Since 9:00 AM, I’ve been ensconced on the deck with my pen, paper, lap top, coffee, breakfast, water, four napping pooches (Erma rises, periodically to come lay her chin on my knee), a bellowing red breasted-robin, two fluttering golder finches, a mourning dove, a number of cardinals singing and closely passing by, a steady flow of Shroyer Road traffic, an audio book playing, and the most beautiful weather that just makes everything as perfect as can be.
Yesterday, I kept busy. It felt good and I do not feel worn, one bit.
The morning began mowing my lawn. Mama Kay, from next door, had me show her how to operate her own mower because her son had to work and might not get to her yard. At 79, she didn’t need to be mowing her own yard, but there was no stopping her. I suggested she do the back and I would grab the front. We tackled it and then I completed my front yard.
I had several visitors stop by and it was nice to see them.
One was Lea Loree who made sure I knew I was invited to her son, Alex’s college graduation party.
Lea’s eldest son, Michael, was a regular fixture at The Haasienda until he went off to college at Bowling Green State University. Michael and my third son were great friends, and Michael naturally became a bonus son. He moved to Oregon and Washington and is loving his West Coast life.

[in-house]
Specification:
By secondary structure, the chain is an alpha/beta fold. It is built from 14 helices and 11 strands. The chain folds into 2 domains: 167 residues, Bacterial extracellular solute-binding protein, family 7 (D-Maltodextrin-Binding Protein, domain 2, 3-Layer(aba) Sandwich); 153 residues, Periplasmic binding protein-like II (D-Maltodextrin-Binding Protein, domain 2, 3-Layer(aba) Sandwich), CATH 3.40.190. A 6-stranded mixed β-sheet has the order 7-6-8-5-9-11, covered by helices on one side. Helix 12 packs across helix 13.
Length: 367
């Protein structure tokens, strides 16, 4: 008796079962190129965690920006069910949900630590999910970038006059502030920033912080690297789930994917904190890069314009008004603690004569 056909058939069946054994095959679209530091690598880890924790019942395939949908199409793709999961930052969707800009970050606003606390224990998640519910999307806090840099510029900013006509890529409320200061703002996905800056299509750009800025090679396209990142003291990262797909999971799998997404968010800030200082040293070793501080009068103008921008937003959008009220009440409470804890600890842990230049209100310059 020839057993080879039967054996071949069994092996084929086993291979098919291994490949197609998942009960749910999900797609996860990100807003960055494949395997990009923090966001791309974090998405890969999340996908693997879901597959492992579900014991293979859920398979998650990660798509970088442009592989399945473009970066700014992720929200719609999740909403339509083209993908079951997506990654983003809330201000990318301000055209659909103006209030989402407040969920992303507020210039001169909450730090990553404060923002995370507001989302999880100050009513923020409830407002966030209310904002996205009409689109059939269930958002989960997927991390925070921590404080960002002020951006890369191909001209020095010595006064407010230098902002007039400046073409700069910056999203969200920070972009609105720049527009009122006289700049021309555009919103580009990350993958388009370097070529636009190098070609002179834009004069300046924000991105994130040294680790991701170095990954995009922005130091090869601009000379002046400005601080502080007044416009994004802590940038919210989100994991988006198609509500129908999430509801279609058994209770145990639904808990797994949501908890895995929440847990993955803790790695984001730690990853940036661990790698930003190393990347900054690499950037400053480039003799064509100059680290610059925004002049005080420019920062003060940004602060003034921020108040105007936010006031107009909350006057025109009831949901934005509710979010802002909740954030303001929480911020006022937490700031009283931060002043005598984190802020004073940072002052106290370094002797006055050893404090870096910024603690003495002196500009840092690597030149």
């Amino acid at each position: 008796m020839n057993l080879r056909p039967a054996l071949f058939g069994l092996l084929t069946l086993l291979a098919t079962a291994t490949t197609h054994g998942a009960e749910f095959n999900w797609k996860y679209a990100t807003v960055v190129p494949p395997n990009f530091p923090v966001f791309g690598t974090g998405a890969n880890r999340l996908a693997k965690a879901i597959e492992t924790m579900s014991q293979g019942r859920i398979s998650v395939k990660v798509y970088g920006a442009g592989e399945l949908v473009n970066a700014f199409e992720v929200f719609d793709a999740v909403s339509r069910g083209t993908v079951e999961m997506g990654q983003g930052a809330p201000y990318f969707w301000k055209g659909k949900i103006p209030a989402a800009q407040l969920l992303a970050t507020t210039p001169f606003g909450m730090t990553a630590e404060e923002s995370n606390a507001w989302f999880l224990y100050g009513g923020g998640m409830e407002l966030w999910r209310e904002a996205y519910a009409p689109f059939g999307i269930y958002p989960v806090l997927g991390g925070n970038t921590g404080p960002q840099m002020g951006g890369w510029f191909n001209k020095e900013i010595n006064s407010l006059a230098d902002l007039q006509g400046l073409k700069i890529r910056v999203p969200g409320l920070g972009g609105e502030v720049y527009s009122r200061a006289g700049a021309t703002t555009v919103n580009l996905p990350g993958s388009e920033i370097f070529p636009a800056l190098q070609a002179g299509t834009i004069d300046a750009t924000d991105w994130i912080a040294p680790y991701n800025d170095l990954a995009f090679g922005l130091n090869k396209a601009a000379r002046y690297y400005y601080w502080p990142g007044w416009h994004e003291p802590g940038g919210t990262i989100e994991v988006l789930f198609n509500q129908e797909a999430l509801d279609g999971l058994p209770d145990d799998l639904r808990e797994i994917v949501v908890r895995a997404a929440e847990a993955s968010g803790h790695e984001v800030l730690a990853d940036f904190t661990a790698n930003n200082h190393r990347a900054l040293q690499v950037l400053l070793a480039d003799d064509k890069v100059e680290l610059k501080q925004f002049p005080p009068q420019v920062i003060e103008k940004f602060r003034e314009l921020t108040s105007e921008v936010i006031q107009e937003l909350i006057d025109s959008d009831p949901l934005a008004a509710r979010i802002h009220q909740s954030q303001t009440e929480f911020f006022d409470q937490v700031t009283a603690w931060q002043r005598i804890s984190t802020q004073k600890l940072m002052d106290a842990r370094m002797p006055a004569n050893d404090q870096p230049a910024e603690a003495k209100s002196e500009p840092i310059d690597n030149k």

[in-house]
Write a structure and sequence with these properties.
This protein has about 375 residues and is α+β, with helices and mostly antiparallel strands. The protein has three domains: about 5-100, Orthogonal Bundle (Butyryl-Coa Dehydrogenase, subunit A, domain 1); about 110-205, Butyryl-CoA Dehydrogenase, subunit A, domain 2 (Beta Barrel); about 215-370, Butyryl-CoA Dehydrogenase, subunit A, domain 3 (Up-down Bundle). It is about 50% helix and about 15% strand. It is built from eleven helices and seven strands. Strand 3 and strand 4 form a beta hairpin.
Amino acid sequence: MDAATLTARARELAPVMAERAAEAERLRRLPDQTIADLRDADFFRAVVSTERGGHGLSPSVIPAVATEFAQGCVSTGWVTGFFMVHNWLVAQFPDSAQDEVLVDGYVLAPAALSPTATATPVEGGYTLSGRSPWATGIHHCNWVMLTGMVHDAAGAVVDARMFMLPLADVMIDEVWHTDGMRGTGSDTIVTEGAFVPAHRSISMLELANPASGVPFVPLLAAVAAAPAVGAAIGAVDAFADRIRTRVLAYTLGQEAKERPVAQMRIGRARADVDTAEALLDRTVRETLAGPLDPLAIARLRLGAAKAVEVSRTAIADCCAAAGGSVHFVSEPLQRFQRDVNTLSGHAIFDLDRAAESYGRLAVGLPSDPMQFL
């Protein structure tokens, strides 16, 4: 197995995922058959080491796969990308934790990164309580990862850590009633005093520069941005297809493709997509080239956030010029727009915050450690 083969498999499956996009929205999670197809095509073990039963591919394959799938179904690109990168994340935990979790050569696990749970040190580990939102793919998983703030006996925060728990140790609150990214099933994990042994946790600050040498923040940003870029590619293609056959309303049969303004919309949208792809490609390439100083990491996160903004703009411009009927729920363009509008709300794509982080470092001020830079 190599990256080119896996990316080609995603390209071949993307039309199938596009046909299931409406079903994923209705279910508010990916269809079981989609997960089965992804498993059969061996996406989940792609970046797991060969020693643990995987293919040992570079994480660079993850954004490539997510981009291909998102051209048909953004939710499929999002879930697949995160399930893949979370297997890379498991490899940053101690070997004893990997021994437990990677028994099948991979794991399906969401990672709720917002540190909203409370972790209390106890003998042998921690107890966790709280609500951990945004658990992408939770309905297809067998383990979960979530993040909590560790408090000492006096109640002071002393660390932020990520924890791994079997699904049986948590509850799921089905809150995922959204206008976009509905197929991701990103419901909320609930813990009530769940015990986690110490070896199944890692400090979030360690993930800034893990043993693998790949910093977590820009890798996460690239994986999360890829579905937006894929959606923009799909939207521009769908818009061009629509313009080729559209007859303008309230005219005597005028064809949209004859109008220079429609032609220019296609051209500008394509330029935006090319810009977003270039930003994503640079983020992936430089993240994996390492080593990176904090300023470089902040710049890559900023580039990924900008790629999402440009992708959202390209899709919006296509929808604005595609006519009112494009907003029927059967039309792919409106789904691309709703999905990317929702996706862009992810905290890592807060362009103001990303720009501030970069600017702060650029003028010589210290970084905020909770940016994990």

Alex, at that time, was in elementary school, and once in middle school, decided on saxophone as his band instrument. I loved having Alex as a saxophone student and watching him grow as a musician and young man. He became the red-headed son I never had. Before long, Alex was off to Bowling Green State University, too, and we’ve managed to connect with one another on his breaks, until Covid took over our lives.
Before surprising Alex, and the visiting Michael, I had supper at Marion’s Pizza with Mama Kay and three of her widowed church friends after 4:30 PM Mass. It was a fantastic time and a fine lead in to the graduation party.
My after-midnight return home was exclaimed with vocal cheering from The Quartet. Since early March 2020, this was the longest they’ve been left alone. Even when I take trash out to the dumpster, I still love being greeted as though I’ve been on a month-long European tour.
In two hours, I duck back inside the house to my study to teach private lessons. I shall be finished early due to a number of students attending call-back auditions for Epiphany Lutheran Church’s summer production, BRIGHT STAR. Break legs!
The symphony described in the first paragraph continues but now, the metallic tink-sound sound of a bat connecting with a ball from the high school’s back fields punctuates the blowing breeze.
It was quite easy to just let this day take off with little effort to make it a great day.